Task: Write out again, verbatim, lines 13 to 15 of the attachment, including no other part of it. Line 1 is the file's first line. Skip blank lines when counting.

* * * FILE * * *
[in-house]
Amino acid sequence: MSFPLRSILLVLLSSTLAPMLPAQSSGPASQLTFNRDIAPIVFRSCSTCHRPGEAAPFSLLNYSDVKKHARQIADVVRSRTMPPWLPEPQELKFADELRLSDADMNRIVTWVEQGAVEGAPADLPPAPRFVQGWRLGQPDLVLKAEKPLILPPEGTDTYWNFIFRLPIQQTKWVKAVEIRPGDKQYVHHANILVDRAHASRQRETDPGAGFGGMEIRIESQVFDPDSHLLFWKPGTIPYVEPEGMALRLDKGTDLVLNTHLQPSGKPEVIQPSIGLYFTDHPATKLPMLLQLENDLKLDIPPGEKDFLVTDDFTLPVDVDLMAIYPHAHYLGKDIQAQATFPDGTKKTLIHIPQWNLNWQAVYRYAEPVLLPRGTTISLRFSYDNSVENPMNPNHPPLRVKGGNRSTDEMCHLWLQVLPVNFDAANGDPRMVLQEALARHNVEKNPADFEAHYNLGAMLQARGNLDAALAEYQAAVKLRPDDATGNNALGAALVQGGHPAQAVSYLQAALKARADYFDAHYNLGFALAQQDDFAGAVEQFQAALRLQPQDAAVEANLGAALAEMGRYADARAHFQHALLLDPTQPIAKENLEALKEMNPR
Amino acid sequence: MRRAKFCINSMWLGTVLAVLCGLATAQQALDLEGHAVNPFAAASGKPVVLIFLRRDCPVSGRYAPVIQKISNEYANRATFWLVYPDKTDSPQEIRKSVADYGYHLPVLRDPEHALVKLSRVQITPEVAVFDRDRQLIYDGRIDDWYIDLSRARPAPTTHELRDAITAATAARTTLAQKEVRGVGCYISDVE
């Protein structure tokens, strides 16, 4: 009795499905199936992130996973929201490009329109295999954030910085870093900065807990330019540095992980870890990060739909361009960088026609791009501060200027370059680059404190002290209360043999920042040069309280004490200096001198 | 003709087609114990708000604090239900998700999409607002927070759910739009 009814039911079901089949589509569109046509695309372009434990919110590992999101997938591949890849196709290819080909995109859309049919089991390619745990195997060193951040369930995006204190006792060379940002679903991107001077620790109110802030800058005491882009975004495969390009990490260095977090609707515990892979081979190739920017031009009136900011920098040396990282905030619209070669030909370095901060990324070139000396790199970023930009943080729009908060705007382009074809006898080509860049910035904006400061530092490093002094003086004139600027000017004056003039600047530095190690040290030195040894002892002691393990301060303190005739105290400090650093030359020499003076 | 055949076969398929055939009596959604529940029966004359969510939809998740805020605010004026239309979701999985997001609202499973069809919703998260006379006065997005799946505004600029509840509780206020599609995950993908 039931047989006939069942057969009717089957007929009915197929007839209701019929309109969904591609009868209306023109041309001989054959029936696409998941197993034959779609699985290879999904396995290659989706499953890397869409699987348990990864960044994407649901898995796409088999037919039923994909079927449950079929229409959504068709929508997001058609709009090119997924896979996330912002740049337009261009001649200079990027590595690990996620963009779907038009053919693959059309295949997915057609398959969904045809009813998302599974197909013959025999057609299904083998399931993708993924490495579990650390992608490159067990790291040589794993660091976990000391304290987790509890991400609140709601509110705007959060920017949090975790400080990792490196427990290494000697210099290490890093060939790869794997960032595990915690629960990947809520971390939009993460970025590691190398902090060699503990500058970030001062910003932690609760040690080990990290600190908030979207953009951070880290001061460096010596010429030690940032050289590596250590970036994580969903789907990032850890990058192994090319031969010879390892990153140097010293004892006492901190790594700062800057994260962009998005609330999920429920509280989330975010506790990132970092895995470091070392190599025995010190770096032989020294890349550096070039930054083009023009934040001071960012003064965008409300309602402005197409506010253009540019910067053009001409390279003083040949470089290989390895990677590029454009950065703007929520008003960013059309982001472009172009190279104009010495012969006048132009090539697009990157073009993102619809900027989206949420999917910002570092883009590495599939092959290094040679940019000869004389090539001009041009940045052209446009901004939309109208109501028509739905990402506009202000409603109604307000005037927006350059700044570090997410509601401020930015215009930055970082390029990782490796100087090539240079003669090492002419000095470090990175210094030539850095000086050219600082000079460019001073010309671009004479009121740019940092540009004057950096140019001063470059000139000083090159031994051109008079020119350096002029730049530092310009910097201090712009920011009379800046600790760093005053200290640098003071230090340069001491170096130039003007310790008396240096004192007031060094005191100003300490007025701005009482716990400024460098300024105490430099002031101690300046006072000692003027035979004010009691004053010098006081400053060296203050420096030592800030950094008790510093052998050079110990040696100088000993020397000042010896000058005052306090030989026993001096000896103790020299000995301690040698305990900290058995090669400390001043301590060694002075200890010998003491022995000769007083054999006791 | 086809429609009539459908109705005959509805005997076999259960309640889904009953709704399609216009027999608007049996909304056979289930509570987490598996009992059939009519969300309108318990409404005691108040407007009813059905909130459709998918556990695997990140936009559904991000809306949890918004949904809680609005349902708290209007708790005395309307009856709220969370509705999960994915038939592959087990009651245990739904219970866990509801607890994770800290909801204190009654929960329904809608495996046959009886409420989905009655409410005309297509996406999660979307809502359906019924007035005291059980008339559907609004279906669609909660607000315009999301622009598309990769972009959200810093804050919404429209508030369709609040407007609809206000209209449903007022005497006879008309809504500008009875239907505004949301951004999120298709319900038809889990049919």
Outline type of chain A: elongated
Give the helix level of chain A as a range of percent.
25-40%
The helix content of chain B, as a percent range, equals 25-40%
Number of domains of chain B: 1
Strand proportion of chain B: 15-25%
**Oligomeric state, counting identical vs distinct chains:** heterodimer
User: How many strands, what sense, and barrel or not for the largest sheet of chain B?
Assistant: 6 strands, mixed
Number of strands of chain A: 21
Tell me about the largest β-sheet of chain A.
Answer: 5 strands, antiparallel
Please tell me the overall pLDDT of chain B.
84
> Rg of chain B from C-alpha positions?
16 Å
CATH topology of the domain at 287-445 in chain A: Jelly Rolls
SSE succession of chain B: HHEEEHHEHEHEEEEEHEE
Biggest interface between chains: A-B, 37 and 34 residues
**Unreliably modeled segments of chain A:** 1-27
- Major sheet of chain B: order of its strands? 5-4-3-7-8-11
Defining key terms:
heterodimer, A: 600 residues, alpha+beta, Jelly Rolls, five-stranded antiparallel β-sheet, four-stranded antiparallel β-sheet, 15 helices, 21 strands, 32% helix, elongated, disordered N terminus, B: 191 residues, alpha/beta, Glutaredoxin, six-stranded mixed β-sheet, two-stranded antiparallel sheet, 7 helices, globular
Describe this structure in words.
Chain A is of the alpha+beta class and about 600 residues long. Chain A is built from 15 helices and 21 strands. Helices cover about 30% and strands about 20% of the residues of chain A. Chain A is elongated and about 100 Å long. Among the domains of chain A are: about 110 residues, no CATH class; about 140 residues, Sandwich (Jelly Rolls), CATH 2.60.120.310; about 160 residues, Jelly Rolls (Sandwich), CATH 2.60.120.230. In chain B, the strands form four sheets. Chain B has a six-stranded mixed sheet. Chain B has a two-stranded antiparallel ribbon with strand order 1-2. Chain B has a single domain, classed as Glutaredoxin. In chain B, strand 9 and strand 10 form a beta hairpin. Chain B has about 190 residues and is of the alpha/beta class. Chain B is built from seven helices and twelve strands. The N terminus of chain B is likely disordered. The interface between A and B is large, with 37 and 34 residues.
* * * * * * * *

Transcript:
Assistant: 6 strands, mixed
Number of strands of chain A: 21
Tell me about the largest β-sheet of chain A.